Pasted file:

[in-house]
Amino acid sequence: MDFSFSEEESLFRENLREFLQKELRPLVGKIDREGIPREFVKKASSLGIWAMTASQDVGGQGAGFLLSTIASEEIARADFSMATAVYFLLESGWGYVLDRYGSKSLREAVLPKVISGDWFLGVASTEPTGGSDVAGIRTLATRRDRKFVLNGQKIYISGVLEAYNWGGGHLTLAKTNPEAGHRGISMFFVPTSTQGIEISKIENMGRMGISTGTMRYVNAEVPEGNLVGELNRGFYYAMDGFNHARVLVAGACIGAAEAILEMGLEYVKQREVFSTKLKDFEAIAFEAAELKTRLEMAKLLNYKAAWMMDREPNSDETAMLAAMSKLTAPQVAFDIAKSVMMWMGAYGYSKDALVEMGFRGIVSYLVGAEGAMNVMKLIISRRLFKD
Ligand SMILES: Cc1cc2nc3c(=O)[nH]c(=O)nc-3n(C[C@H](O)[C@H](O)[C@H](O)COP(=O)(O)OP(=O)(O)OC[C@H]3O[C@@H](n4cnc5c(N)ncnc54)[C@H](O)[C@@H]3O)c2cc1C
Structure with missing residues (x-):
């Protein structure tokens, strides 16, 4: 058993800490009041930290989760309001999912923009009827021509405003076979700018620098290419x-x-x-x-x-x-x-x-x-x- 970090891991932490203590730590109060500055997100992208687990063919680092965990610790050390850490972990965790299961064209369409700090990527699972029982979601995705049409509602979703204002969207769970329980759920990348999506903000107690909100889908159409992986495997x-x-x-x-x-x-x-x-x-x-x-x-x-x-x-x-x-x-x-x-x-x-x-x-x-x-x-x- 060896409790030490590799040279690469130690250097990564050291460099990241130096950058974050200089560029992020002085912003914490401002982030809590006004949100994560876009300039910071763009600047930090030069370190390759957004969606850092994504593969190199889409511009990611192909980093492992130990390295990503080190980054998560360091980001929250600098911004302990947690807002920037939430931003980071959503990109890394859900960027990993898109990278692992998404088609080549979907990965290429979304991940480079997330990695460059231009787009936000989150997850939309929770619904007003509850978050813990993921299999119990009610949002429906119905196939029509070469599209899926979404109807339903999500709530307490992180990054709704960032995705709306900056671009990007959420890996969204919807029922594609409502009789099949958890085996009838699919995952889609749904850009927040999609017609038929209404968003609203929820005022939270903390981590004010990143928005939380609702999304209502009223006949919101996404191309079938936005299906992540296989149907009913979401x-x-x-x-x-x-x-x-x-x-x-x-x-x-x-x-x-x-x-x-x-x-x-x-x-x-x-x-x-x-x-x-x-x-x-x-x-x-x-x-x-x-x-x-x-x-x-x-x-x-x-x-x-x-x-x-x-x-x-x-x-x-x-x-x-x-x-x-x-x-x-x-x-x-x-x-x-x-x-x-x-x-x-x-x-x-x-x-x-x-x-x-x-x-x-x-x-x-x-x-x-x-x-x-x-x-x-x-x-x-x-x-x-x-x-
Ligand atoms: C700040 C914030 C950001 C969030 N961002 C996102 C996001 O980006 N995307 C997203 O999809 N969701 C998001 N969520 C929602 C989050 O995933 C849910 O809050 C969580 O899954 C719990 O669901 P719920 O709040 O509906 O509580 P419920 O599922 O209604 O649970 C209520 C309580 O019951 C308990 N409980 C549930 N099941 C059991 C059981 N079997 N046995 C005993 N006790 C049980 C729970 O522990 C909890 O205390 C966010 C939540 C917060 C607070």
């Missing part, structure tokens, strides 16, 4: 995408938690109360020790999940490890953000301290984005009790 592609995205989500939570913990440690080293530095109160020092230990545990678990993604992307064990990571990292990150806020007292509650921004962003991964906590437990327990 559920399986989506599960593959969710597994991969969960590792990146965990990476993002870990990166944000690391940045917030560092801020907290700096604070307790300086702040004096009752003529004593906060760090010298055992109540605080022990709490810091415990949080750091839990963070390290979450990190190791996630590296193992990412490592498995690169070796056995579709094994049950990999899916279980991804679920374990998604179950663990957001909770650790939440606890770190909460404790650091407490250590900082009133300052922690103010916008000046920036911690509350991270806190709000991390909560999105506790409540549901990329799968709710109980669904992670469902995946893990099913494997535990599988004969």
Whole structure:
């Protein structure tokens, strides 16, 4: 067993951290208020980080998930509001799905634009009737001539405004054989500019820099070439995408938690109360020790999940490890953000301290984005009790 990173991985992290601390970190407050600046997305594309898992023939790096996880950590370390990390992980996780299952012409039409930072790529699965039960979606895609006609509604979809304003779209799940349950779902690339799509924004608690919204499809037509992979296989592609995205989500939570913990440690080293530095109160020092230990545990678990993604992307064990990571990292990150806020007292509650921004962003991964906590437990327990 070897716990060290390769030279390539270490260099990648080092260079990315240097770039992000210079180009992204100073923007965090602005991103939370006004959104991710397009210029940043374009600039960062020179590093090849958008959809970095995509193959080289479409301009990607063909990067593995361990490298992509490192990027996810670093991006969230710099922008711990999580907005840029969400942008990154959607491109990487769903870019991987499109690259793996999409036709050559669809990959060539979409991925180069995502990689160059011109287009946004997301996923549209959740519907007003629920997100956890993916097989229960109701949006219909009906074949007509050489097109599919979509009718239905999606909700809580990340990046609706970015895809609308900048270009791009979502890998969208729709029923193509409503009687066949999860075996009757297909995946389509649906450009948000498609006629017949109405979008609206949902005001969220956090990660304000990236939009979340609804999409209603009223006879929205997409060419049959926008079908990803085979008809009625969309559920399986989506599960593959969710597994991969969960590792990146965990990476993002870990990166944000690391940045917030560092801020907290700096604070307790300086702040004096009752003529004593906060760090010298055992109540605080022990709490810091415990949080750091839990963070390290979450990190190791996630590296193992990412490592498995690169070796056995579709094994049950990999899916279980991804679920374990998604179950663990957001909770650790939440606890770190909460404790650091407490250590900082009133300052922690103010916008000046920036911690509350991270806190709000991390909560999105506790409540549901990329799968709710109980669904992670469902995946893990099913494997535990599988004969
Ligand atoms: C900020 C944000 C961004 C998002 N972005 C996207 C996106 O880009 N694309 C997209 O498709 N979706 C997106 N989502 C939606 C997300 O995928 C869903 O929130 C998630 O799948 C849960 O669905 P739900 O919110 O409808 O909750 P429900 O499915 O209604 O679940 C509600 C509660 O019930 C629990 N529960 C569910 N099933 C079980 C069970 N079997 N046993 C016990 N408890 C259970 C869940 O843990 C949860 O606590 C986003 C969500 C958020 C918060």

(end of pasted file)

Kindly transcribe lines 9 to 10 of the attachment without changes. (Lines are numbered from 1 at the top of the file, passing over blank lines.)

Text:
């Protein structure tokens, strides 16, 4: 067993951290208020980080998930509001799905634009009737001539405004054989500019820099070439995408938690109360020790999940490890953000301290984005009790 990173991985992290601390970190407050600046997305594309898992023939790096996880950590370390990390992980996780299952012409039409930072790529699965039960979606895609006609509604979809304003779209799940349950779902690339799509924004608690919204499809037509992979296989592609995205989500939570913990440690080293530095109160020092230990545990678990993604992307064990990571990292990150806020007292509650921004962003991964906590437990327990 070897716990060290390769030279390539270490260099990648080092260079990315240097770039992000210079180009992204100073923007965090602005991103939370006004959104991710397009210029940043374009600039960062020179590093090849958008959809970095995509193959080289479409301009990607063909990067593995361990490298992509490192990027996810670093991006969230710099922008711990999580907005840029969400942008990154959607491109990487769903870019991987499109690259793996999409036709050559669809990959060539979409991925180069995502990689160059011109287009946004997301996923549209959740519907007003629920997100956890993916097989229960109701949006219909009906074949007509050489097109599919979509009718239905999606909700809580990340990046609706970015895809609308900048270009791009979502890998969208729709029923193509409503009687066949999860075996009757297909995946389509649906450009948000498609006629017949109405979008609206949902005001969220956090990660304000990236939009979340609804999409209603009223006879929205997409060419049959926008079908990803085979008809009625969309559920399986989506599960593959969710597994991969969960590792990146965990990476993002870990990166944000690391940045917030560092801020907290700096604070307790300086702040004096009752003529004593906060760090010298055992109540605080022990709490810091415990949080750091839990963070390290979450990190190791996630590296193992990412490592498995690169070796056995579709094994049950990999899916279980991804679920374990998604179950663990957001909770650790939440606890770190909460404790650091407490250590900082009133300052922690103010916008000046920036911690509350991270806190709000991390909560999105506790409540549901990329799968709710109980669904992670469902995946893990099913494997535990599988004969
Ligand atoms: C900020 C944000 C961004 C998002 N972005 C996207 C996106 O880009 N694309 C997209 O498709 N979706 C997106 N989502 C939606 C997300 O995928 C869903 O929130 C998630 O799948 C849960 O669905 P739900 O919110 O409808 O909750 P429900 O499915 O209604 O679940 C509600 C509660 O019930 C629990 N529960 C569910 N099933 C079980 C069970 N079997 N046993 C016990 N408890 C259970 C869940 O843990 C949860 O606590 C986003 C969500 C958020 C918060």